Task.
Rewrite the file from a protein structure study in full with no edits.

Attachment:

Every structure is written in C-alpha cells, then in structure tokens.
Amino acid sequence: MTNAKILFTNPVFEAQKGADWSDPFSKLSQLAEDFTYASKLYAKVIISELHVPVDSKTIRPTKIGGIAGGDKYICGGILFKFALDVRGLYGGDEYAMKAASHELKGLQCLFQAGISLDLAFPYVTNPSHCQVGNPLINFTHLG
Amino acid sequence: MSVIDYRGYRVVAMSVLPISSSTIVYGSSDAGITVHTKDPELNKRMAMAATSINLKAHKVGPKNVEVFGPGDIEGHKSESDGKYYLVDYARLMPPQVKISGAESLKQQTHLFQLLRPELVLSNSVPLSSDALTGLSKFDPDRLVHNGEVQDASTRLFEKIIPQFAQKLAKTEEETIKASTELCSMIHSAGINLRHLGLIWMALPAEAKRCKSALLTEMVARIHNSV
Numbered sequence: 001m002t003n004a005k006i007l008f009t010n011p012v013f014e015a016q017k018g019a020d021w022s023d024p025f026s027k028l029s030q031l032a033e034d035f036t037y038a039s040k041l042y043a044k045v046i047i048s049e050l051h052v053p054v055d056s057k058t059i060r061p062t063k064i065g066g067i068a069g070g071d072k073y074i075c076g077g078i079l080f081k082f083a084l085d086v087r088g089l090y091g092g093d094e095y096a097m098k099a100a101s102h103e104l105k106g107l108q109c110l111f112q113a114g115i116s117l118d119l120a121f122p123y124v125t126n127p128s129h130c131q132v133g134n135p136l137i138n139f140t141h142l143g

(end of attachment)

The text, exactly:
Every structure is written in C-alpha cells, then in structure tokens.
Amino acid sequence: MTNAKILFTNPVFEAQKGADWSDPFSKLSQLAEDFTYASKLYAKVIISELHVPVDSKTIRPTKIGGIAGGDKYICGGILFKFALDVRGLYGGDEYAMKAASHELKGLQCLFQAGISLDLAFPYVTNPSHCQVGNPLINFTHLG
Amino acid sequence: MSVIDYRGYRVVAMSVLPISSSTIVYGSSDAGITVHTKDPELNKRMAMAATSINLKAHKVGPKNVEVFGPGDIEGHKSESDGKYYLVDYARLMPPQVKISGAESLKQQTHLFQLLRPELVLSNSVPLSSDALTGLSKFDPDRLVHNGEVQDASTRLFEKIIPQFAQKLAKTEEETIKASTELCSMIHSAGINLRHLGLIWMALPAEAKRCKSALLTEMVARIHNSV
Numbered sequence: 001m002t003n004a005k006i007l008f009t010n011p012v013f014e015a016q017k018g019a020d021w022s023d024p025f026s027k028l029s030q031l032a033e034d035f036t037y038a039s040k041l042y043a044k045v046i047i048s049e050l051h052v053p054v055d056s057k058t059i060r061p062t063k064i065g066g067i068a069g070g071d072k073y074i075c076g077g078i079l080f081k082f083a084l085d086v087r088g089l090y091g092g093d094e095y096a097m098k099a100a101s102h103e104l105k106g107l108q109c110l111f112q113a114g115i116s117l118d119l120a121f122p123y124v125t126n127p128s129h130c131q132v133g134n135p136l137i138n139f140t141h142l143g